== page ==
By the mid-1800s, the Monroe Doctrine, combined with the concept of Manifest Destiny, encouraged Americans to spread across the continent. As Americans moved West, the United States annexed Texas, went to war with Mexico, and signed treaties with Mexico and Great Britain that established a nation that stretches from “sea to shining sea.”
In the late 1800s, America’s economic and military power enabled it to enforce the Monroe Doctrine, which played a role in the outbreak of the Spanish-American War (1898). After Theodore Roosevelt was elected the 26th President of the United States in 1901, he altered and extended the Monroe Doctrine with the “Roosevelt Corollary.”
The Roosevelt Corollary was established in December 1904, justifying U.S. intervention in Latin America. It stated that the United States would intervene as a last resort to ensure other nations in the Western Hemisphere fulfilled their obligations to international creditors, as long as intervention did not violate the rights of the United States or invite “foreign aggression to the detriment of the entire body of American nations.”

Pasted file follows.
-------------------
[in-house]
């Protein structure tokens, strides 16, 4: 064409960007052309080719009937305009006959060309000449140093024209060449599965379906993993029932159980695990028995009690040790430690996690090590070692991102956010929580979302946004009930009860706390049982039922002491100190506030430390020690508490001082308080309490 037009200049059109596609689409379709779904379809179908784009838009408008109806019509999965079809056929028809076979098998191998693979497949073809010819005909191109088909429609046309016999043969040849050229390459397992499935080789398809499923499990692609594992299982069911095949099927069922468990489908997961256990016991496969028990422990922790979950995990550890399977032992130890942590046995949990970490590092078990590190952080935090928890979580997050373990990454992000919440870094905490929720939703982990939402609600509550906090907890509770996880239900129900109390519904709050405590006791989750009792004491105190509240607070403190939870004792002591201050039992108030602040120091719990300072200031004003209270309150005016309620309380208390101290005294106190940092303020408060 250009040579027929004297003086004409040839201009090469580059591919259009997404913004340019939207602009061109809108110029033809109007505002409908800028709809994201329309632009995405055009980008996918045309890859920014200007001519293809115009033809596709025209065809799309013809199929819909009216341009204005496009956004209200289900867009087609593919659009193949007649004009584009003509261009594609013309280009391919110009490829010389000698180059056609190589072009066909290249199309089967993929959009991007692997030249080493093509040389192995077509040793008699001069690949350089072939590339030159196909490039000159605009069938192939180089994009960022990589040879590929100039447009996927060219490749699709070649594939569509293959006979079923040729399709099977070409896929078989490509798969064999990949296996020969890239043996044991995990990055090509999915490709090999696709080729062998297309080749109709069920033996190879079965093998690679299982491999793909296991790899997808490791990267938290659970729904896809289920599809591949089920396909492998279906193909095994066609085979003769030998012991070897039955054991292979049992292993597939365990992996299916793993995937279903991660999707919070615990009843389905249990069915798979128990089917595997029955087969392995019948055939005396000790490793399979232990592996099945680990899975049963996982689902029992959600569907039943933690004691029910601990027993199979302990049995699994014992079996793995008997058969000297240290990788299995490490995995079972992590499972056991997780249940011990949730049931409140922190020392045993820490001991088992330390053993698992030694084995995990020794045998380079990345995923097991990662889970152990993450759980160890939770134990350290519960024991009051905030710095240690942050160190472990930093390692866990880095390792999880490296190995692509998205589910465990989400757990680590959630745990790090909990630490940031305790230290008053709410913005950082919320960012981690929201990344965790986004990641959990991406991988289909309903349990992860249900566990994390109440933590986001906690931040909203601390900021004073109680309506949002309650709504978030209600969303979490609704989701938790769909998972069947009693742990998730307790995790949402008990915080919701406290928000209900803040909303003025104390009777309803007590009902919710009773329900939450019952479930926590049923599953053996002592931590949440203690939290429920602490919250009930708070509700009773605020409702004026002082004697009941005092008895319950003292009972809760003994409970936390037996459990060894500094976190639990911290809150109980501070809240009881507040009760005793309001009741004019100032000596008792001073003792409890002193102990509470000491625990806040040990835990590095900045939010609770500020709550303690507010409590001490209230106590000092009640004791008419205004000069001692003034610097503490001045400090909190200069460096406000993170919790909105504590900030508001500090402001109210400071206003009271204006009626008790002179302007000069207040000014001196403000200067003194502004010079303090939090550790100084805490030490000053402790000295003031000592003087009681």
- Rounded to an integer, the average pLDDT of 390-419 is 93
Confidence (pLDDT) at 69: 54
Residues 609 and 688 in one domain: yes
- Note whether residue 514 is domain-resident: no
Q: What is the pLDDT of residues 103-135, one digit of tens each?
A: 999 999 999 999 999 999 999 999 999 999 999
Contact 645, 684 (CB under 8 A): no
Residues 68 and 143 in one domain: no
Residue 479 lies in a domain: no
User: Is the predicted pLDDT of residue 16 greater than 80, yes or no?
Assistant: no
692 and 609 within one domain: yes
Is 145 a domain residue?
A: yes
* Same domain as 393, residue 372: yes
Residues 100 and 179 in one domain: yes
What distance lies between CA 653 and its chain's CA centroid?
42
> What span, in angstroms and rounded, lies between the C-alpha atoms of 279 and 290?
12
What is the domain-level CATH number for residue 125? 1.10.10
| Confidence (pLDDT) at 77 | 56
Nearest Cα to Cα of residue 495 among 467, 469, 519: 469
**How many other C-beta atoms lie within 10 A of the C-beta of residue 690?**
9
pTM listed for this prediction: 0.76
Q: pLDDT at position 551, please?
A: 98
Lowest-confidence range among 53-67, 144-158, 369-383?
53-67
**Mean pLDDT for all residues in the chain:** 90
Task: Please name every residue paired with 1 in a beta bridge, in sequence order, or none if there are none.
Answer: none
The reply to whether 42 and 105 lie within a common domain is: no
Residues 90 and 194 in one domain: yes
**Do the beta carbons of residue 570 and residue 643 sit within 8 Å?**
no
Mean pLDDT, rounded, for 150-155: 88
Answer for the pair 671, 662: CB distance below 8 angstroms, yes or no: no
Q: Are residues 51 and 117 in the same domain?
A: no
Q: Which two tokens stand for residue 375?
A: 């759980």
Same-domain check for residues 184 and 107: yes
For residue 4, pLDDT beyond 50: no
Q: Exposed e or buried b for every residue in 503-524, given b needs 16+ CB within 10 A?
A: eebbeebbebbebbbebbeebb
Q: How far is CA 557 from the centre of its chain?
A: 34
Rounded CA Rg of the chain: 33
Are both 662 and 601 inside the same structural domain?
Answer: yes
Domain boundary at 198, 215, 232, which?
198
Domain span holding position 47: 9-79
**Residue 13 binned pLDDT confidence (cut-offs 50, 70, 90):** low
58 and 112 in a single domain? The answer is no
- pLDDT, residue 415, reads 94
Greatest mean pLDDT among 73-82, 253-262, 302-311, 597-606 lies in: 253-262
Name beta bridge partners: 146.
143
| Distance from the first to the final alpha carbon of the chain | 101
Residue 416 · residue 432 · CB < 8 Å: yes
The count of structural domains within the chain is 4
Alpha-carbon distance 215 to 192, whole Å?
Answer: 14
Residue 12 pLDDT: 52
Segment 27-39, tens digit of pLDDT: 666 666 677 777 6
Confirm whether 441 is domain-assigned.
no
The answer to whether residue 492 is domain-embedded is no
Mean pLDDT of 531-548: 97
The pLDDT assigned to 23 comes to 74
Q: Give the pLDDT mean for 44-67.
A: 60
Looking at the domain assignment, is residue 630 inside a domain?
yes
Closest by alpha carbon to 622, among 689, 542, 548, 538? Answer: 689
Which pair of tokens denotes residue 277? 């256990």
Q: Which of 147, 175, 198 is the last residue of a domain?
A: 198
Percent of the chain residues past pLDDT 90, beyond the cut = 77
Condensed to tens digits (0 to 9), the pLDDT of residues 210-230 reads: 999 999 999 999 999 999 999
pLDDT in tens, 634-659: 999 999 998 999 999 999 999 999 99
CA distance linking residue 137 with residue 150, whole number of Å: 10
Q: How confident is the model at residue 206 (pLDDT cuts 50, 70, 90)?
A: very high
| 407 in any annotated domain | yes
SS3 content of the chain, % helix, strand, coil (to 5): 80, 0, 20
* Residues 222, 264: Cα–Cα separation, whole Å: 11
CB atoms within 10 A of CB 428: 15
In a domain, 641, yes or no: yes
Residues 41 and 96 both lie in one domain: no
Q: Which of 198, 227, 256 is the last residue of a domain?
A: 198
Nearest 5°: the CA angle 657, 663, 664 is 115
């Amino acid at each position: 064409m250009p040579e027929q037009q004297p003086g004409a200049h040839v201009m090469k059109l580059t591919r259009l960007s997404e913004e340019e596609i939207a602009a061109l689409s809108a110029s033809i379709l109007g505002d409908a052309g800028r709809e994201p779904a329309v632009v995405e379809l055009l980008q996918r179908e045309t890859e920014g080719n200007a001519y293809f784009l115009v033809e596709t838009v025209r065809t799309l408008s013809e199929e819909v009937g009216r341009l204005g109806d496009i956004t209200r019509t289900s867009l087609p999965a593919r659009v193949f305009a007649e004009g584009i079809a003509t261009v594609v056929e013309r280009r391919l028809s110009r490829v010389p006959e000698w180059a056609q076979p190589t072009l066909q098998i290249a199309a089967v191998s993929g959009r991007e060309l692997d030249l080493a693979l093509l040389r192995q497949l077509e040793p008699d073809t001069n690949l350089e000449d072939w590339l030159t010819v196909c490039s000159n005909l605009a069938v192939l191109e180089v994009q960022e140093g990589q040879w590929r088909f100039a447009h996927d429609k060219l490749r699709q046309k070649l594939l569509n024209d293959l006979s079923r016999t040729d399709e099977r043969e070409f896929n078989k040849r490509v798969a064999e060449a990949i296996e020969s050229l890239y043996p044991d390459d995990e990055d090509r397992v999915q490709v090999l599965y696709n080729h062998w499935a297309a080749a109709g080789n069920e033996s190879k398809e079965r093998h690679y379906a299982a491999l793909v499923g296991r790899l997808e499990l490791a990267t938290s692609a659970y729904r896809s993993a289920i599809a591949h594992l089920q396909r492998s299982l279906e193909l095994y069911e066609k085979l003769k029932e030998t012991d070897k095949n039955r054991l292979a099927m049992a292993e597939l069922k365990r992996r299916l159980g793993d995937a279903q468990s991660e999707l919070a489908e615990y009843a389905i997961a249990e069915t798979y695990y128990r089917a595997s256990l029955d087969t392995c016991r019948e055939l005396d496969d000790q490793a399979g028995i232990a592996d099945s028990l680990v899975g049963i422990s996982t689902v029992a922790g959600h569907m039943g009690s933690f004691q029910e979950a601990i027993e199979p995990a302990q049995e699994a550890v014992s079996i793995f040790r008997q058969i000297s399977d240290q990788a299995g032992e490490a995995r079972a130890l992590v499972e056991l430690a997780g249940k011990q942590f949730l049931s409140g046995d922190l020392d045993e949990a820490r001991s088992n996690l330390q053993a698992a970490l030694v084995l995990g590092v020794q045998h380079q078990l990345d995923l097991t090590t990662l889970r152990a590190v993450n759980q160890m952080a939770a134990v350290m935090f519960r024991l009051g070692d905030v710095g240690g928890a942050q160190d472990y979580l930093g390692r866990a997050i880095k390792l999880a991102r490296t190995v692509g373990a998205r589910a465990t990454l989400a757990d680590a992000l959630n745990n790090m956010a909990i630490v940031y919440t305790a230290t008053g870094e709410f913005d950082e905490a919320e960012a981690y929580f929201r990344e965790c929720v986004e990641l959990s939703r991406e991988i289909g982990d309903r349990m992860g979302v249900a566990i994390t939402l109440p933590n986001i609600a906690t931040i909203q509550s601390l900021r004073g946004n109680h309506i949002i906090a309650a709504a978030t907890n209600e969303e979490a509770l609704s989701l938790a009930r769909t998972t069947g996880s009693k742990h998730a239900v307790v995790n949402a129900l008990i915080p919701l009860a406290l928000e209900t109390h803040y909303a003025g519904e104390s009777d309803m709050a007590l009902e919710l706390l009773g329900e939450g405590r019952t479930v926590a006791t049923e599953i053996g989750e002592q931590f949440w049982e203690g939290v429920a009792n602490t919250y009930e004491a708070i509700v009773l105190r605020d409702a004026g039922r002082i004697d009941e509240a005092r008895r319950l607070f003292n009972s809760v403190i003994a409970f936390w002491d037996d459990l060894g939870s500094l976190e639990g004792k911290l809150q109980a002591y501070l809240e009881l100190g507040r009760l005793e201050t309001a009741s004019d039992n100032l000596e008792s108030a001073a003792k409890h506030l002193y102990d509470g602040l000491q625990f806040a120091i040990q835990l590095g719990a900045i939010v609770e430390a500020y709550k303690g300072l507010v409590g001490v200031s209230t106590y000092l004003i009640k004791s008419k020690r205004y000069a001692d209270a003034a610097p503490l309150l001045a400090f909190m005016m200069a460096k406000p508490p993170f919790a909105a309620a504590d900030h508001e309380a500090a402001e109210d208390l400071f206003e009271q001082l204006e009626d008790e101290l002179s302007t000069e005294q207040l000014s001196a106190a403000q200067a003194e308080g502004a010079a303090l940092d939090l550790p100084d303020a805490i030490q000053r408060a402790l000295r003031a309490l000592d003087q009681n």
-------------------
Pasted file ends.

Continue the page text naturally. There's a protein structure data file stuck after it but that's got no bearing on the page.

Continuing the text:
As a result of the Corollay, the United States increasingly used military force to restore stability to nations in the region. Roosevelt declared that the United States might “exercise international police power in ‘flagrant cases of such wrongdoing or impotence.’” Over time, the policy had little to do with relations between the Western Hemisphere and Europe, but the United States did use it to justify intervention in Cuba, Nicaragua, Haiti, and the Dominican Republic.
Throughout the 20th Century, the Monroe Doctrine continued to influence U.S. Foreign Policy in the Western Hemisphere, focusing on maintaining stability and preventing the spread of Communism during the Cold War. The Doctrine was invoked symbolically during the Cuban Missile Crisis in 1962 when the United States used naval and air power to enforce a quarantine around Cuba in response to the Soviet Union’s deployment of missile-launching sites on the island. Today, the Monroe Doctrine remains a significant part of American Foreign Policy.
Monroe Doctrine Frequently Asked Questions
The main principles of the Monroe Doctrine were non-colonization, non-intervention, and the idea of separate spheres of influence for the Americas and Europe. The Doctrine warned European nations against further colonization or puppet regimes in the Western Hemisphere and sought to create a clear break between the New World and Europe. The United States pledged to avoid involvement in the political affairs of Europe and not to interfere in the existing European colonies already in the Americas. The Doctrine provided a foundation for American foreign policy such as neutrality in European affairs.